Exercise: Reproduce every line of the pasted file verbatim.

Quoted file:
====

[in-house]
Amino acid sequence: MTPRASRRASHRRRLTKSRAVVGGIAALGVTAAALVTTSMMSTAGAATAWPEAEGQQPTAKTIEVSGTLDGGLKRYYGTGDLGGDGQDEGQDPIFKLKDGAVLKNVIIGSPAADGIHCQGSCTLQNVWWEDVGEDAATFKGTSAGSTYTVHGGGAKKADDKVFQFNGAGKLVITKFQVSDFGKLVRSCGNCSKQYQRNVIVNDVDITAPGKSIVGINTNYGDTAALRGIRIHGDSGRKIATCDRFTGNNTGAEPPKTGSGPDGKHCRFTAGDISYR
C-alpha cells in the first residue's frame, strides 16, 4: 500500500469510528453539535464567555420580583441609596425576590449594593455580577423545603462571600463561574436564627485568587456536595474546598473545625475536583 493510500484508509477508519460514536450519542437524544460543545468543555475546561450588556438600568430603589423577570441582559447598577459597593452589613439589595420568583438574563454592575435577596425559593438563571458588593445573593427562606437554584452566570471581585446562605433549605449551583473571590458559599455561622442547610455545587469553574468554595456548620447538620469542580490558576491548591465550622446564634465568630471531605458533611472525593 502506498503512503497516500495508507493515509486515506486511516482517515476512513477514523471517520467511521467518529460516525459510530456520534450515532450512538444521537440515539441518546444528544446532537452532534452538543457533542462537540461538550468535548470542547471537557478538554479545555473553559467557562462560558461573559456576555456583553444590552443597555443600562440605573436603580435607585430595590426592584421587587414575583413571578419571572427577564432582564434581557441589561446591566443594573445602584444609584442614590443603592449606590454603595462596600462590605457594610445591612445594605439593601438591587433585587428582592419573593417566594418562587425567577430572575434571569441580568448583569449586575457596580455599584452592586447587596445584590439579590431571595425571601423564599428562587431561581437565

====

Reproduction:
[in-house]
Amino acid sequence: MTPRASRRASHRRRLTKSRAVVGGIAALGVTAAALVTTSMMSTAGAATAWPEAEGQQPTAKTIEVSGTLDGGLKRYYGTGDLGGDGQDEGQDPIFKLKDGAVLKNVIIGSPAADGIHCQGSCTLQNVWWEDVGEDAATFKGTSAGSTYTVHGGGAKKADDKVFQFNGAGKLVITKFQVSDFGKLVRSCGNCSKQYQRNVIVNDVDITAPGKSIVGINTNYGDTAALRGIRIHGDSGRKIATCDRFTGNNTGAEPPKTGSGPDGKHCRFTAGDISYR
C-alpha cells in the first residue's frame, strides 16, 4: 500500500469510528453539535464567555420580583441609596425576590449594593455580577423545603462571600463561574436564627485568587456536595474546598473545625475536583 493510500484508509477508519460514536450519542437524544460543545468543555475546561450588556438600568430603589423577570441582559447598577459597593452589613439589595420568583438574563454592575435577596425559593438563571458588593445573593427562606437554584452566570471581585446562605433549605449551583473571590458559599455561622442547610455545587469553574468554595456548620447538620469542580490558576491548591465550622446564634465568630471531605458533611472525593 502506498503512503497516500495508507493515509486515506486511516482517515476512513477514523471517520467511521467518529460516525459510530456520534450515532450512538444521537440515539441518546444528544446532537452532534452538543457533542462537540461538550468535548470542547471537557478538554479545555473553559467557562462560558461573559456576555456583553444590552443597555443600562440605573436603580435607585430595590426592584421587587414575583413571578419571572427577564432582564434581557441589561446591566443594573445602584444609584442614590443603592449606590454603595462596600462590605457594610445591612445594605439593601438591587433585587428582592419573593417566594418562587425567577430572575434571569441580568448583569449586575457596580455599584452592586447587596445584590439579590431571595425571601423564599428562587431561581437565